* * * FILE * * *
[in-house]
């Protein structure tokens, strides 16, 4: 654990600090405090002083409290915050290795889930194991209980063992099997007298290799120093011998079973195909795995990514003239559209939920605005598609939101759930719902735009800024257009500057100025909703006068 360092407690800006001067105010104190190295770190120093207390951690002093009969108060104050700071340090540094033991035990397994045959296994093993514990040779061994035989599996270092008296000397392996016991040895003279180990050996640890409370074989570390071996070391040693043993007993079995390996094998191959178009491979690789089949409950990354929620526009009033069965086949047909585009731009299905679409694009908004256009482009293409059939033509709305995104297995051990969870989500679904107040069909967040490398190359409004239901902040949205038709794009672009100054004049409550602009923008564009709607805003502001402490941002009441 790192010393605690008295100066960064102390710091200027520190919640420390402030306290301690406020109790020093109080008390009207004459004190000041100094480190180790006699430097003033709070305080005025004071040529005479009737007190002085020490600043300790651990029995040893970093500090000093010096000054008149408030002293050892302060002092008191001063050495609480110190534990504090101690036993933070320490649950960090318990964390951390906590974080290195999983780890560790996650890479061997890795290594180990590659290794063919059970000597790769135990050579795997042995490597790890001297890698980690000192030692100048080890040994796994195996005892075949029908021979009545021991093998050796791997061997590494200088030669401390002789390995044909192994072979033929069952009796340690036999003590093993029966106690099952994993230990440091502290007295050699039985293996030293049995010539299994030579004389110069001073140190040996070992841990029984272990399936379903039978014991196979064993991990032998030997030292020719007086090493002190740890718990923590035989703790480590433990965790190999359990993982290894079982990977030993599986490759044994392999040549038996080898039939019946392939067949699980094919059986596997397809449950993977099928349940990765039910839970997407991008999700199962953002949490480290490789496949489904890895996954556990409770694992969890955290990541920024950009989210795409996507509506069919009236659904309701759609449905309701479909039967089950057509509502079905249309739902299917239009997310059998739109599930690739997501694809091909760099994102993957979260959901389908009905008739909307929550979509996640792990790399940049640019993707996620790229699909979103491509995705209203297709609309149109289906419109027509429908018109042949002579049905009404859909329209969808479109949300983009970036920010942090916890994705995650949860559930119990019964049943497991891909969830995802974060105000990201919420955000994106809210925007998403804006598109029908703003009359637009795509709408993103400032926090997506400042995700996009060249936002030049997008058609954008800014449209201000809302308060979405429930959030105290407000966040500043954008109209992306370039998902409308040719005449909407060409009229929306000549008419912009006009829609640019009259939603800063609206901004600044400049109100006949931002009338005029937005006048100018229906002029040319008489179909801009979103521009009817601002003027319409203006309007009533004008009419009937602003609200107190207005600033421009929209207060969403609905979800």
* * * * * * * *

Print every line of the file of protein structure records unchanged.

[in-house]
């Protein structure tokens, strides 16, 4: 654990600090405090002083409290915050290795889930194991209980063992099997007298290799120093011998079973195909795995990514003239559209939920605005598609939101759930719902735009800024257009500057100025909703006068 360092407690800006001067105010104190190295770190120093207390951690002093009969108060104050700071340090540094033991035990397994045959296994093993514990040779061994035989599996270092008296000397392996016991040895003279180990050996640890409370074989570390071996070391040693043993007993079995390996094998191959178009491979690789089949409950990354929620526009009033069965086949047909585009731009299905679409694009908004256009482009293409059939033509709305995104297995051990969870989500679904107040069909967040490398190359409004239901902040949205038709794009672009100054004049409550602009923008564009709607805003502001402490941002009441 790192010393605690008295100066960064102390710091200027520190919640420390402030306290301690406020109790020093109080008390009207004459004190000041100094480190180790006699430097003033709070305080005025004071040529005479009737007190002085020490600043300790651990029995040893970093500090000093010096000054008149408030002293050892302060002092008191001063050495609480110190534990504090101690036993933070320490649950960090318990964390951390906590974080290195999983780890560790996650890479061997890795290594180990590659290794063919059970000597790769135990050579795997042995490597790890001297890698980690000192030692100048080890040994796994195996005892075949029908021979009545021991093998050796791997061997590494200088030669401390002789390995044909192994072979033929069952009796340690036999003590093993029966106690099952994993230990440091502290007295050699039985293996030293049995010539299994030579004389110069001073140190040996070992841990029984272990399936379903039978014991196979064993991990032998030997030292020719007086090493002190740890718990923590035989703790480590433990965790190999359990993982290894079982990977030993599986490759044994392999040549038996080898039939019946392939067949699980094919059986596997397809449950993977099928349940990765039910839970997407991008999700199962953002949490480290490789496949489904890895996954556990409770694992969890955290990541920024950009989210795409996507509506069919009236659904309701759609449905309701479909039967089950057509509502079905249309739902299917239009997310059998739109599930690739997501694809091909760099994102993957979260959901389908009905008739909307929550979509996640792990790399940049640019993707996620790229699909979103491509995705209203297709609309149109289906419109027509429908018109042949002579049905009404859909329209969808479109949300983009970036920010942090916890994705995650949860559930119990019964049943497991891909969830995802974060105000990201919420955000994106809210925007998403804006598109029908703003009359637009795509709408993103400032926090997506400042995700996009060249936002030049997008058609954008800014449209201000809302308060979405429930959030105290407000966040500043954008109209992306370039998902409308040719005449909407060409009229929306000549008419912009006009829609640019009259939603800063609206901004600044400049109100006949931002009338005029937005006048100018229906002029040319008489179909801009979103521009009817601002003027319409203006309007009533004008009419009937602003609200107190207005600033421009929209207060969403609905979800």